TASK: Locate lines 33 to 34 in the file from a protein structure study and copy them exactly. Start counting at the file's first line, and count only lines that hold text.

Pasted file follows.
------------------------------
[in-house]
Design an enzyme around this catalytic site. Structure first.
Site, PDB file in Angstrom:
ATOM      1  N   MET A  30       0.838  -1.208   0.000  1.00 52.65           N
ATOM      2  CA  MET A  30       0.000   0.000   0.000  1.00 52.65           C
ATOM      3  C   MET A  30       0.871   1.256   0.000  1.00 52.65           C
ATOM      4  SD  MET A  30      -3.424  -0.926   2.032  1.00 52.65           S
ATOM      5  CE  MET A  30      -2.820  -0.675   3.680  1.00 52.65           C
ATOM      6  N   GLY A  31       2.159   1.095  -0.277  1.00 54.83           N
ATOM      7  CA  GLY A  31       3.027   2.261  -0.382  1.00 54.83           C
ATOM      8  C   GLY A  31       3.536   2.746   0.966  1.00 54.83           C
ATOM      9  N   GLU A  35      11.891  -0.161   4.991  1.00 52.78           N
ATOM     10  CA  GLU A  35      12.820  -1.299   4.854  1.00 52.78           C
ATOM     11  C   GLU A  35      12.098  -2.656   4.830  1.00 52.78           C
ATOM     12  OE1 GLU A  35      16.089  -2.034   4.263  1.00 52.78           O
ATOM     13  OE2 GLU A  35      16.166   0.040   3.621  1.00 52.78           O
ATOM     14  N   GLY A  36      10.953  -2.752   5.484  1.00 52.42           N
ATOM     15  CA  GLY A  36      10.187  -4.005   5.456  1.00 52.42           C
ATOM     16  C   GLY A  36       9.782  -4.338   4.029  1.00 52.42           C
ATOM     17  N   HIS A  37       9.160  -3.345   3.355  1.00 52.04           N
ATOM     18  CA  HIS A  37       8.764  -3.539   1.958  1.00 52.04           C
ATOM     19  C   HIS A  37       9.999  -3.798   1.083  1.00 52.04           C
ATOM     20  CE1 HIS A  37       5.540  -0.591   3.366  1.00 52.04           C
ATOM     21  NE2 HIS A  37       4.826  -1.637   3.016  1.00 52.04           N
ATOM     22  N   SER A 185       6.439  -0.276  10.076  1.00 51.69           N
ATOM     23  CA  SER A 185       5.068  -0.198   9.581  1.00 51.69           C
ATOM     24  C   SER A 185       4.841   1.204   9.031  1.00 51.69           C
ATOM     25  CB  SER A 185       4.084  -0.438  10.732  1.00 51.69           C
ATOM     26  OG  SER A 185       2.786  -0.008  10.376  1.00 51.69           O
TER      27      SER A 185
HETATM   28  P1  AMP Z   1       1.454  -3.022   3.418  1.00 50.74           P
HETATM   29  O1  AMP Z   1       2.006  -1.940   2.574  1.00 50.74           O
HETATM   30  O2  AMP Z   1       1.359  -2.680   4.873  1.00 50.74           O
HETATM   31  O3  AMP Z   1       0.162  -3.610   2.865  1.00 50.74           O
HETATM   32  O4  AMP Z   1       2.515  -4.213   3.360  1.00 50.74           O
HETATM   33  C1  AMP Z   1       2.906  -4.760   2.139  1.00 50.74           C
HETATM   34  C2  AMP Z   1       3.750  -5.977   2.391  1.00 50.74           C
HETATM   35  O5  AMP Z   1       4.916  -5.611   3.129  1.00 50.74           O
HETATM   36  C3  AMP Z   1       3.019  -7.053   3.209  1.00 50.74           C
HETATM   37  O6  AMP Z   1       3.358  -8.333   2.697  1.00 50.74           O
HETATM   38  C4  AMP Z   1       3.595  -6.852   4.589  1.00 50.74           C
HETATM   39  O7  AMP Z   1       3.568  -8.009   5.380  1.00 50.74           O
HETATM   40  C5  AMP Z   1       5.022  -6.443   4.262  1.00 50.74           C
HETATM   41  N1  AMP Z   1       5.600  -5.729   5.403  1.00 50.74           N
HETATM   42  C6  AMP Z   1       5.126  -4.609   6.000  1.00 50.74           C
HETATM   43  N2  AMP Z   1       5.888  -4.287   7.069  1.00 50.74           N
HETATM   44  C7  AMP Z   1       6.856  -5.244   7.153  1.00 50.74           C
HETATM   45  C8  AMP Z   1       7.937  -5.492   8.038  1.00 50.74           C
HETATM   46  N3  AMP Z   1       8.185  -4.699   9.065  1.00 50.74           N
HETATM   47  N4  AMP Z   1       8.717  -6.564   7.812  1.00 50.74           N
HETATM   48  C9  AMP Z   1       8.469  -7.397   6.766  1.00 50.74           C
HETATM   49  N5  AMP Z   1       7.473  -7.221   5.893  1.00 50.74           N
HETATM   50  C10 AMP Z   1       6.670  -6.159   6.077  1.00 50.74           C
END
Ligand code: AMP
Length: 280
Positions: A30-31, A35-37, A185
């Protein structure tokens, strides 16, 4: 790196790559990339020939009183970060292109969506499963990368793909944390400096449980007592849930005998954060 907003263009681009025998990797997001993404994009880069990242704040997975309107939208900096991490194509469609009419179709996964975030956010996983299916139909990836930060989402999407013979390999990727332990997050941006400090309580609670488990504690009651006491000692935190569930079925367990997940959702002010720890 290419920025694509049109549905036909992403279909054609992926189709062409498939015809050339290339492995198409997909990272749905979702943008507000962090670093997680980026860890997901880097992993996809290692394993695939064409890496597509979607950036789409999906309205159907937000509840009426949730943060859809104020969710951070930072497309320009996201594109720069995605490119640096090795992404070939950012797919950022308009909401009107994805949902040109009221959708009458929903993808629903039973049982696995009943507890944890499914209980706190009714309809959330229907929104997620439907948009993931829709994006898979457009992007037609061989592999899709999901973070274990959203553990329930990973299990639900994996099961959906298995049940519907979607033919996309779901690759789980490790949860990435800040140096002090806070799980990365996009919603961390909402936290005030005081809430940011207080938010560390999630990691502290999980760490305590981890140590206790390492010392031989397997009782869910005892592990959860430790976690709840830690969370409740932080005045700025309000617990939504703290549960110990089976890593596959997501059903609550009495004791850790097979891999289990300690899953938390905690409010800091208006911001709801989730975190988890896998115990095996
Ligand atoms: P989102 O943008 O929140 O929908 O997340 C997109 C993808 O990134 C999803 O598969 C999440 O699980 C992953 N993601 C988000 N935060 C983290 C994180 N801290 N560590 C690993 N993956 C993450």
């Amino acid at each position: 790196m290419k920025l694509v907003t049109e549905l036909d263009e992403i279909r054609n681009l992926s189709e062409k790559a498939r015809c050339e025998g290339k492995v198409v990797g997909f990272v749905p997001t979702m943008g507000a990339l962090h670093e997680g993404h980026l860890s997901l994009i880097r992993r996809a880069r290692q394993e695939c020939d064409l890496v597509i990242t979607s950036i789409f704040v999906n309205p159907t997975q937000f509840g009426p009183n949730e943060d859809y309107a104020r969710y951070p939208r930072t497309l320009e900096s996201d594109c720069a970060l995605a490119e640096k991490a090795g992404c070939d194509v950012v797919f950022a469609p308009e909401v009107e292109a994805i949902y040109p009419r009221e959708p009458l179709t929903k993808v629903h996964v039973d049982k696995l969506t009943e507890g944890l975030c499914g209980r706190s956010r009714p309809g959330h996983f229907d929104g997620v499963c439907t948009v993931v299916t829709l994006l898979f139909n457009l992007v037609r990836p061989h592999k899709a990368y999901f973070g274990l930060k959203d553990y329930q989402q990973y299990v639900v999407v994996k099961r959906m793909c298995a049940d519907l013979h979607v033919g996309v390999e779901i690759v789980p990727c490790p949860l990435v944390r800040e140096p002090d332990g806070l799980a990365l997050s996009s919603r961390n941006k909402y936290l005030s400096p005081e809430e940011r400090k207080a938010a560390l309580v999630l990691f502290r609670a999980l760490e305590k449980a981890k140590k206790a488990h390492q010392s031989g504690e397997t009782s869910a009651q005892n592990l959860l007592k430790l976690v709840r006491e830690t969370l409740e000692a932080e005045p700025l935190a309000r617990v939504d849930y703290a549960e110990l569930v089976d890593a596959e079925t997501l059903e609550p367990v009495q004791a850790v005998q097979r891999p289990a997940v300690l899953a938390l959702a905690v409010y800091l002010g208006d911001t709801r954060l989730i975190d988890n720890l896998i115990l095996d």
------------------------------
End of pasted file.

HETATM   30  O2  AMP Z   1       1.359  -2.680   4.873  1.00 50.74           O
HETATM   31  O3  AMP Z   1       0.162  -3.610   2.865  1.00 50.74           O